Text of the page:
Tuesday, November 15, 2005

Cold Noodle Bowl

I really do love to cook, but sometimes I just hate it so much. Like now. I don't feel like making dinner, and if it weren't for the kids, I'd eat a bowl of granola and a handful of cherries every night after drinking many beers. Instead, we have granola for dinner only sometimes, and sometimes we have popcorn and smoothies, and also I troll a lot for dinner invitations (Oh really? Gosh, we are free! Perfect.) and fantasize about having, as Ben says, "limitless money" so that we could eat out every night. And believe me: we would too.


But that still leaves many summertime dinners needing to get made. Grilling is good: easy, outdoors, minimal clean-up. And big salads are good. And this kind of meal, which is similar to the Make-Your-Own (Quinoa) Sundaes, is perfect. It's one of my favorite ways to eat: a bowl of food that you assemble yourself, and that is perfectly balanced: sweet, chewy, crunchy, green, soft, salty, fresh, tangy. Somehow it's both light and filling, gorgeously summery, and everybody loves it. But what I want to make clear is that it can be way less labor-intensive than this version. I had CSA produce I was trying to manage (lots of bok choy, a quart of sugar snap peas), so I was basing the dish around that, but you could make it much easier by using raw veggies: cukes, radishes, a handful of greens. And instead of the fried tofu, you could use prepared baked or smoked tofu or leftover grilled meat or a shredded rotisserie chicken. You could use bottled dressing and already-roasted nuts. See? Much easier. Though if there were two things I'd recommend making, it would be the dressing, which is excellent, and the soba noodles themselves, which boil up into this deep grayish-purplish-brown tangle, and which are deeply grainy and flavorful. Of course, that said, feel free to substitute any other kind of pasta: it will still be good. And you could, of course, toss it altogether in to a big bowl of pasta salad, which would be especially handy if you were pot-lucking or picnicking. But the make-your-own factor is so appealing to kids, who crave control over their own meals and eating, that it's worth trying this way at least once.

But you should still invite me over for dinner because I still want to come.

Cold Noodle Bowl
Serves 4-5
Total time: 1 hour

The Dressing
This dressing is bright with ginger, dusky with scallions, and just a little sweet. It's kind of perfect. But if you want to swap in a store-bought dressing, I would especially recommend Annie's Shiitake & Sesame, since its Asian flavors will perfectly complement the rest of the meal.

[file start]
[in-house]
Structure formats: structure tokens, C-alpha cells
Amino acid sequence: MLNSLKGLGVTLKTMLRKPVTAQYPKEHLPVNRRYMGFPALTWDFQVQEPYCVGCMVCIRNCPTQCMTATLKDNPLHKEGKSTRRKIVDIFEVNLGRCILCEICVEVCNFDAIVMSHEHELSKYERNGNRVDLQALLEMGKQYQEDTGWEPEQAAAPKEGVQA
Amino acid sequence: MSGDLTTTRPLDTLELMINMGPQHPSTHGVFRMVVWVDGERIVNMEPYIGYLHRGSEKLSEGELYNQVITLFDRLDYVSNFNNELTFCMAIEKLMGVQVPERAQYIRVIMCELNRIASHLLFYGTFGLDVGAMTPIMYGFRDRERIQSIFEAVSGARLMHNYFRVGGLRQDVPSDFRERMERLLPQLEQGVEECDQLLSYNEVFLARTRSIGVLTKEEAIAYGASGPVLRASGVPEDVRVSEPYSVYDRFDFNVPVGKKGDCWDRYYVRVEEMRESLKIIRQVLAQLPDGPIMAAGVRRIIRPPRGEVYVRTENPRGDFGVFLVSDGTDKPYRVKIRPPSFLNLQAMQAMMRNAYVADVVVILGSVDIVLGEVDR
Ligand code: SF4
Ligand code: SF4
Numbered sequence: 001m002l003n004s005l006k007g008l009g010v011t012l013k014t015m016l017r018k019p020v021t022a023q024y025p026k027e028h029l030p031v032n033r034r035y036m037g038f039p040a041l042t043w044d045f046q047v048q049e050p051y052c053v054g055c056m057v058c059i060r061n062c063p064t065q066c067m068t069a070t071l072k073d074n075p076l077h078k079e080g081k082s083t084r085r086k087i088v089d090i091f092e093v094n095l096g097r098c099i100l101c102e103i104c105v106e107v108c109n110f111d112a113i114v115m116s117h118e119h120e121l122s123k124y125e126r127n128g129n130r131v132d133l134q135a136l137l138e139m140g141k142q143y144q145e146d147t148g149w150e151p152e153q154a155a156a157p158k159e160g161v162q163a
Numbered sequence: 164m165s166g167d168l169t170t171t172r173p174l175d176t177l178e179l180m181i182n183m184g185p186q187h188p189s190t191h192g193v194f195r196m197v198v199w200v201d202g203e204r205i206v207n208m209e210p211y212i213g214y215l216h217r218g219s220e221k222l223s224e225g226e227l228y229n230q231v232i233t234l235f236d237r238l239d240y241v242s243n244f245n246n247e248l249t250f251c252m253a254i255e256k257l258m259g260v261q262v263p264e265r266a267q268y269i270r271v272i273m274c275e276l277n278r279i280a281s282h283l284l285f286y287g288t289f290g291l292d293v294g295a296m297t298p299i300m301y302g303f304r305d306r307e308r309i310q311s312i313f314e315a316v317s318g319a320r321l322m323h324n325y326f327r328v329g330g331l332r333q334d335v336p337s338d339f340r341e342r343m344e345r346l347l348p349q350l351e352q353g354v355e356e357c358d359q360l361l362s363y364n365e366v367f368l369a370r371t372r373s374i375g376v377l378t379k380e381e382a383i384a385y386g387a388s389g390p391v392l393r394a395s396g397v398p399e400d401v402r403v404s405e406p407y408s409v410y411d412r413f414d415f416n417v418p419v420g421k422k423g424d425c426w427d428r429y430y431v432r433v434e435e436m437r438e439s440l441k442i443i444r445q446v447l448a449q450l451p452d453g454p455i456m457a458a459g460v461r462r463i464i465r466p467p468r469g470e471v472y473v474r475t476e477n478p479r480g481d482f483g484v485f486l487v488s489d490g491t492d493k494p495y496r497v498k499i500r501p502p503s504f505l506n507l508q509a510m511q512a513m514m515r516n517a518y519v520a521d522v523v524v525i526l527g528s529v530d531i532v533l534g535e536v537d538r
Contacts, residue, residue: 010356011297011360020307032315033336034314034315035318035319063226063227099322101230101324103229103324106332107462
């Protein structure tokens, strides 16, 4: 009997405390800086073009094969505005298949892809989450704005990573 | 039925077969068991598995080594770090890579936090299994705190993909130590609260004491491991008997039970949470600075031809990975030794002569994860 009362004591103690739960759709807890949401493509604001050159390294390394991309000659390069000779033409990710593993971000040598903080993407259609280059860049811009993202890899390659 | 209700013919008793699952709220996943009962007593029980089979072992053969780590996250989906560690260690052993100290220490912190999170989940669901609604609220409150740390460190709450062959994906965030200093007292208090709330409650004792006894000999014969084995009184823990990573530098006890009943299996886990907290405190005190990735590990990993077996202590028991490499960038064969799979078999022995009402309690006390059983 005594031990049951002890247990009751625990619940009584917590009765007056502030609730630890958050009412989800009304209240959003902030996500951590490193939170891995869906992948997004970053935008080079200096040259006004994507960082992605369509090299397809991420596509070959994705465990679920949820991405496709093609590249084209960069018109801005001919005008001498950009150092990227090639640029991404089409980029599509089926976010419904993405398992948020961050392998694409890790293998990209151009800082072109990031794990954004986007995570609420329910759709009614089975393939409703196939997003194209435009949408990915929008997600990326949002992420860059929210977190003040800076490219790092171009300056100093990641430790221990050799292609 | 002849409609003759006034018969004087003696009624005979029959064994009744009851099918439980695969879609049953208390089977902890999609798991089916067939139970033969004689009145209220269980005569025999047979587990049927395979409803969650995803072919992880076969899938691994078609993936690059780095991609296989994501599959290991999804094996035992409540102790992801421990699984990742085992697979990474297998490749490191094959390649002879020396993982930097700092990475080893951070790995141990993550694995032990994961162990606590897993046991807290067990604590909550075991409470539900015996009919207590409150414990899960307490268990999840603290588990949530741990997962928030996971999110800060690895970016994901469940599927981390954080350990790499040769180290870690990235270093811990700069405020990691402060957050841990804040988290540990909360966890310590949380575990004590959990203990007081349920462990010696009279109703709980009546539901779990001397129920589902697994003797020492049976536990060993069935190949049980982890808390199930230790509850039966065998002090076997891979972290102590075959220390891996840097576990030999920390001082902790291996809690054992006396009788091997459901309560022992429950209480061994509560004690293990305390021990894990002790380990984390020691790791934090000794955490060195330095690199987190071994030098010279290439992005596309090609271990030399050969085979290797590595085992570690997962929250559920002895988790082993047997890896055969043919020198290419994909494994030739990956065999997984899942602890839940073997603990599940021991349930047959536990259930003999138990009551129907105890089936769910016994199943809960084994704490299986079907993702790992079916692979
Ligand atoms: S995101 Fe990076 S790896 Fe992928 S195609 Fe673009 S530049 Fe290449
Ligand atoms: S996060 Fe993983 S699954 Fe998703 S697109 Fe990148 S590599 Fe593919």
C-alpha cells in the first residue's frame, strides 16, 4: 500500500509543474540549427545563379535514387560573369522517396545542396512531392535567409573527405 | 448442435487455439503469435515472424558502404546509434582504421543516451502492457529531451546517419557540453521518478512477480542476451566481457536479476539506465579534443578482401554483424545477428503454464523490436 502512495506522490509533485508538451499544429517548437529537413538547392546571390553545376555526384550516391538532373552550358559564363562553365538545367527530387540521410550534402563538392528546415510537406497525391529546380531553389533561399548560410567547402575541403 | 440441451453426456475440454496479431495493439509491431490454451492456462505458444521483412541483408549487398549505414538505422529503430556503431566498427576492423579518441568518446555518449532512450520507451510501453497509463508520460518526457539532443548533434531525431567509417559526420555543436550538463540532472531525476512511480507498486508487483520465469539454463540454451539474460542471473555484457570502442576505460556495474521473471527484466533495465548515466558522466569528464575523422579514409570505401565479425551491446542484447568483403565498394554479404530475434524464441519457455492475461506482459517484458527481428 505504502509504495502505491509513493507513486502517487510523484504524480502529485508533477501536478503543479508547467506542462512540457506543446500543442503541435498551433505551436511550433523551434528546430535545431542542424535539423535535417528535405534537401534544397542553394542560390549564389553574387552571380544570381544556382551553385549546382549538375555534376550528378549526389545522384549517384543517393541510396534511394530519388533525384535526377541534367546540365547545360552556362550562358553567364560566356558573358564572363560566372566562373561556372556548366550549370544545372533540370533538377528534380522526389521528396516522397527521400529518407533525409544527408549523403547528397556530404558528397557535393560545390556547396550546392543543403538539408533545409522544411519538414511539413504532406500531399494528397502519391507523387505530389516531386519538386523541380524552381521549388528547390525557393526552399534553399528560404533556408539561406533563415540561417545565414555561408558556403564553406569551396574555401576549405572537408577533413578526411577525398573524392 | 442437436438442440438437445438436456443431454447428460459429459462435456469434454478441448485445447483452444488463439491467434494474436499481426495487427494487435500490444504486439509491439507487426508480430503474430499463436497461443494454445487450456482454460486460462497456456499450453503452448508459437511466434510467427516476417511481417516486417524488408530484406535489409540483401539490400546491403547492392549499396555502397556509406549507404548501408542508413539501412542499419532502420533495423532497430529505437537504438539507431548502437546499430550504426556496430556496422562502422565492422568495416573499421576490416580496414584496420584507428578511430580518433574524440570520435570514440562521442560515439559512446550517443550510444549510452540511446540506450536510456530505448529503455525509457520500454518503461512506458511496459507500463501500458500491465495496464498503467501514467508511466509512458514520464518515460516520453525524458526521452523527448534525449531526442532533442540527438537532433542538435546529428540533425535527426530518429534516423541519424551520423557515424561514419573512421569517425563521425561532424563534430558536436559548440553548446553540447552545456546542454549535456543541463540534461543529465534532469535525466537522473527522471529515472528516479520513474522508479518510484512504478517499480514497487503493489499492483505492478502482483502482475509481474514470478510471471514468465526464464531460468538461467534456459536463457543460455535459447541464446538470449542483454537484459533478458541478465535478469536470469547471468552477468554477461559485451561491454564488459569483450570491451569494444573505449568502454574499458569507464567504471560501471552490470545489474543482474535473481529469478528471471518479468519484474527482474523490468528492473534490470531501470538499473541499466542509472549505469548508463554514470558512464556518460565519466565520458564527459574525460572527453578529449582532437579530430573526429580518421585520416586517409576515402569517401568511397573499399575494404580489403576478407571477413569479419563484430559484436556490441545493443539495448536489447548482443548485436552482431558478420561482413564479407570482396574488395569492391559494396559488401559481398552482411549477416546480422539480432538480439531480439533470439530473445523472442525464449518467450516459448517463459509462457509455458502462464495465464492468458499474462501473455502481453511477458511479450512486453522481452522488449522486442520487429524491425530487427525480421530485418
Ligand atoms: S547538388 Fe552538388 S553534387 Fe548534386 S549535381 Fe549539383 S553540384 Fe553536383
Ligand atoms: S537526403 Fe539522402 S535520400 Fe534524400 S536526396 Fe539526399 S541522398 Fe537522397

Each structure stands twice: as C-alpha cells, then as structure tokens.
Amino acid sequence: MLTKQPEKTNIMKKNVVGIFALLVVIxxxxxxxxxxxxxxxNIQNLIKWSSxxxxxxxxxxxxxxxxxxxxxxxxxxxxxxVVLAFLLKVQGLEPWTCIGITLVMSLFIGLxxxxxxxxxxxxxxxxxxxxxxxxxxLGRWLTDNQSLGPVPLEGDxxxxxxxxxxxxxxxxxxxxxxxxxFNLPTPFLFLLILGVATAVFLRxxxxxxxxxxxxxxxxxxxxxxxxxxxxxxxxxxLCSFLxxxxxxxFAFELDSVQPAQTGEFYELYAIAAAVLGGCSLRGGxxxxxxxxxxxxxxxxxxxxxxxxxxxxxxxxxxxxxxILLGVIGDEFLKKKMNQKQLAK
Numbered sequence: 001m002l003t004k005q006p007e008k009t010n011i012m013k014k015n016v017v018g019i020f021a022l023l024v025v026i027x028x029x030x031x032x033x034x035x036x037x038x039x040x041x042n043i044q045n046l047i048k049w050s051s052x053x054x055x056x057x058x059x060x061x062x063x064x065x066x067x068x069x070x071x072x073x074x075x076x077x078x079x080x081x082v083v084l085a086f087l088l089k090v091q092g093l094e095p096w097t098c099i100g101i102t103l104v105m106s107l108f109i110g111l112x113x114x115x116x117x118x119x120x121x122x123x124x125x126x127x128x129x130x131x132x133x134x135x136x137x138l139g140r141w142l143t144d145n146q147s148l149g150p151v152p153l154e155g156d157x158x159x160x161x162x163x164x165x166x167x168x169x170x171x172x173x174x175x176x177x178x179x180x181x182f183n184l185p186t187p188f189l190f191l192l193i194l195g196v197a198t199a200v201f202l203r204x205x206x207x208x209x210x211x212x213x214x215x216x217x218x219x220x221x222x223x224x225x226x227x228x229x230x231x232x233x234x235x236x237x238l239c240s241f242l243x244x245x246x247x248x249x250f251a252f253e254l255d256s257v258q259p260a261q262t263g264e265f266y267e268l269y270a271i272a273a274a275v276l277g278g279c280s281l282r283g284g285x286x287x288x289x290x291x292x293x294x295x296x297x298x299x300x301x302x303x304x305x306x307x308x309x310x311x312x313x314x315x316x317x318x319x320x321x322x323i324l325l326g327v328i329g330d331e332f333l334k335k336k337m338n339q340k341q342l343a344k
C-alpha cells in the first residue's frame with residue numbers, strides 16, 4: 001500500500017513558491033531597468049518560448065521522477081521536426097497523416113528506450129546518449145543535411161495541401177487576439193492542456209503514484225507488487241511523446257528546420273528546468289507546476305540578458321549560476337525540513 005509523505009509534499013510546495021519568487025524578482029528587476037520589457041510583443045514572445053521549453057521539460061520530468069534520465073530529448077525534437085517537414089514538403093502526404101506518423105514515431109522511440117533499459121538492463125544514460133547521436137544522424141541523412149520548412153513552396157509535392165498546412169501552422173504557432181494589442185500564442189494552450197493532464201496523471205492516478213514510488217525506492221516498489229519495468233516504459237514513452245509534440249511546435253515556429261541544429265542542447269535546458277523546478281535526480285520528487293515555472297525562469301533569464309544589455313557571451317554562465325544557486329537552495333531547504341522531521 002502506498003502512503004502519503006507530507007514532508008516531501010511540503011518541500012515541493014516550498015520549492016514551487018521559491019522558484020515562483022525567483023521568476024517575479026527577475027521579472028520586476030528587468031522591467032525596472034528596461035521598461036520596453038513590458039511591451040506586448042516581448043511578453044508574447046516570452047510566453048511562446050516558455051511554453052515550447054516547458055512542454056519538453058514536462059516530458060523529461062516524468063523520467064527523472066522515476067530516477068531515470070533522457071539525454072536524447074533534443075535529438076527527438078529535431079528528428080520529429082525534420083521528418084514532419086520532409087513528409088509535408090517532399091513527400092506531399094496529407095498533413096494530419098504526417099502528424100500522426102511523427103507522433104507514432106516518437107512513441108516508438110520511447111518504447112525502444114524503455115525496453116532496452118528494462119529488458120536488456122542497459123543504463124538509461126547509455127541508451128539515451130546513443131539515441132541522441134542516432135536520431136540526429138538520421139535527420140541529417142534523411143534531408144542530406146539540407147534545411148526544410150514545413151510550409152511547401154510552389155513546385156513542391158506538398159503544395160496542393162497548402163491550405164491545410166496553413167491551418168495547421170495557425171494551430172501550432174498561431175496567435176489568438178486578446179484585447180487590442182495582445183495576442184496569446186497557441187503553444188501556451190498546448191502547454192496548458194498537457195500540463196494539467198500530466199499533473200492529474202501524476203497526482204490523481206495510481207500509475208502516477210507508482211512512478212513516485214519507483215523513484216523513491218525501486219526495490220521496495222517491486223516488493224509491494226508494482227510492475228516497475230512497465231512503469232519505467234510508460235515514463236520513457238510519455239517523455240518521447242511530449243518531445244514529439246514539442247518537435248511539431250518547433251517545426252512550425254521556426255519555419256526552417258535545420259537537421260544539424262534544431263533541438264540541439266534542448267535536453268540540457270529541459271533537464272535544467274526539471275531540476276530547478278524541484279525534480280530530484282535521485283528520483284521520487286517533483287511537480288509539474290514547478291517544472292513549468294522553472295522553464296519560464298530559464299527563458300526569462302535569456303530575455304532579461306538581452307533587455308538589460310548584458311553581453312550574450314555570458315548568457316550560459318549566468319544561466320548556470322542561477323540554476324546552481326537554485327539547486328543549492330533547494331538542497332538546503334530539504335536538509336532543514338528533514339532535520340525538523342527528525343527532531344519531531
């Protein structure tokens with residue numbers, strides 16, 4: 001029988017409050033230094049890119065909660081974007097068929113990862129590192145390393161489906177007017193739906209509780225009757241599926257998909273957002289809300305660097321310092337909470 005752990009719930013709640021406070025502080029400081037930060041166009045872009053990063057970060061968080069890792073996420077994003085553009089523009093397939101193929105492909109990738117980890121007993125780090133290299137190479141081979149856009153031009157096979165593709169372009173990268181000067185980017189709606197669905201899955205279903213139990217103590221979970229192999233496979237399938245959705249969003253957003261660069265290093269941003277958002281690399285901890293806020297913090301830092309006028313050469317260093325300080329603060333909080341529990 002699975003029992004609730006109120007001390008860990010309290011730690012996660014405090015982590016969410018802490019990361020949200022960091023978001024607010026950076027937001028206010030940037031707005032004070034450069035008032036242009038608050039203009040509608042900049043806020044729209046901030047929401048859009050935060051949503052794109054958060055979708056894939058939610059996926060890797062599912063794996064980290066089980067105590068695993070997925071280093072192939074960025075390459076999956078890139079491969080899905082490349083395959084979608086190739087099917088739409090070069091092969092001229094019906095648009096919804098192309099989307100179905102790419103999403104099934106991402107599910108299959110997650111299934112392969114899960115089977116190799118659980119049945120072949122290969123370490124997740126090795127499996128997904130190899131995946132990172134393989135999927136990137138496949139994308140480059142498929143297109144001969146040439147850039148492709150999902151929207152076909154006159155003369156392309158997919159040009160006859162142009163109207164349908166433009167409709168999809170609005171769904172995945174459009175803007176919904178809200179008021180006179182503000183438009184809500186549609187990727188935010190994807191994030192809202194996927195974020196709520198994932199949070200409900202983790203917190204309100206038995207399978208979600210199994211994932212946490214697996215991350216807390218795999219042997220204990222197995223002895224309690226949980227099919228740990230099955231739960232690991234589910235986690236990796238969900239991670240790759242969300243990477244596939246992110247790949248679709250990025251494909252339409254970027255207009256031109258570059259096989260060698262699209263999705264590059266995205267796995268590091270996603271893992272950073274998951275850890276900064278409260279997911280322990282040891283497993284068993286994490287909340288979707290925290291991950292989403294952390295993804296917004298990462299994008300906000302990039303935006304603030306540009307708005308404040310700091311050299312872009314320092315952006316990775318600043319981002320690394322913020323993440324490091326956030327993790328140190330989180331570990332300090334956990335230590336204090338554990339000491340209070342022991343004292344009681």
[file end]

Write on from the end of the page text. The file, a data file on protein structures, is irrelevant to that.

2/3 cup peanut or vegetable oil, divided use
3 fat scallions, white and healthy green, sliced (around 1/2 cup)
1 teaspoon finely chopped fresh ginger
2 teaspoons kosher salt (or half as much table salt)
2 teaspoons sugar
1 teaspoon sesame oil or roasted peanut oil
1/3 cup balsamic vinegar

Heat a tablespoon of the oil in a small pan over medium-low heat and sauté the scallions until wilted and fragrant, around 3 or 4 minutes. In a food processor or with a hand blender, whir together the scallions with the remaining ingredients until the dressing is thick and emulsified. Taste for salt, sugar, acid, and overall balance, and re-season as necessary.

The Noodles
Soba are Japanese buckwheat noodles, and they are lovely here: sturdy, nutty-tasting, wholesome. Plus, they come wrapped so prettily that you'll feel like someone gave you a present. Look for them in the Asian foods aisle of your supermarket or at Whole Foods or (duh) at an Asian market--but if you can't find them or don't want to, feel free to swap in whatever noodles you like. Soba are pretty salty, so I don't salt the water when I cook them; if you're using other noodles, though, you should.

Cook 1 10-ounce package soba noodles in boiling, unsalted water until just tender, 3 or 4 minutes. Drain, rinse under cold water, drain well, and toss with half the dressing.

The Tofu
The seasoning here echoes the salad dressing in a nice way, but please--feel free to swap in a prepared tofu product: the baked or smoked kind that you can just slice up and serve.

2 tablespoons vegetable or peanut oil
1 14-16-ounce package of extra-firm tofu
1 tablespoon soy sauce
1 tablespoon balsamic vinegar

Heat the oil in a wide nonstick skillet over medium-high heat. Meanwhile, cut the tofu into 12 slices. Fry the tofu, around 5 minutes per side, until it's browning and crispy-looking. Splash in the soy sauce and vinegar, and continue cooking, shaking the pan and flipping the tofu, until the liquid is evaporated and the tofu is glazed. Remove to a cutting board and cut into strips.

The Almonds
Use the unwashed scallion pan. Feel free to swap in roasted peanuts for ease or a change of pace.

2 teaspoons peanut or vegetable oil
1/2 cup slivered almonds

Heat the oil in a very small pan over medium heat and fry the almonds until golden, around 2-3 minutes. Remove to a small bowl so they don't burn in the hot pan.

The Sugar Snap Peas
Steam until just tender, around 3 minutes. Rinse under cold water.

The Bok Choy
Heat a tablespoon of peanut or vegetable oil in a large skillet over medium-high heat, then add a large bunch of clean, wet boy choy (cut off the bottoms of the stems to separate the clumps into leaves) and a large pinch of salt and sauté, stirring, until the stems are just tender, around 6 or 7 minutes. If it's getting overly browned before it's tender, add a splash or two of water. Taste for salt.

1 comment:

  1. I am so glad you keep these recipes up. We got bok choy in our CSA box and my teen reminded me of this recipe. Thank you!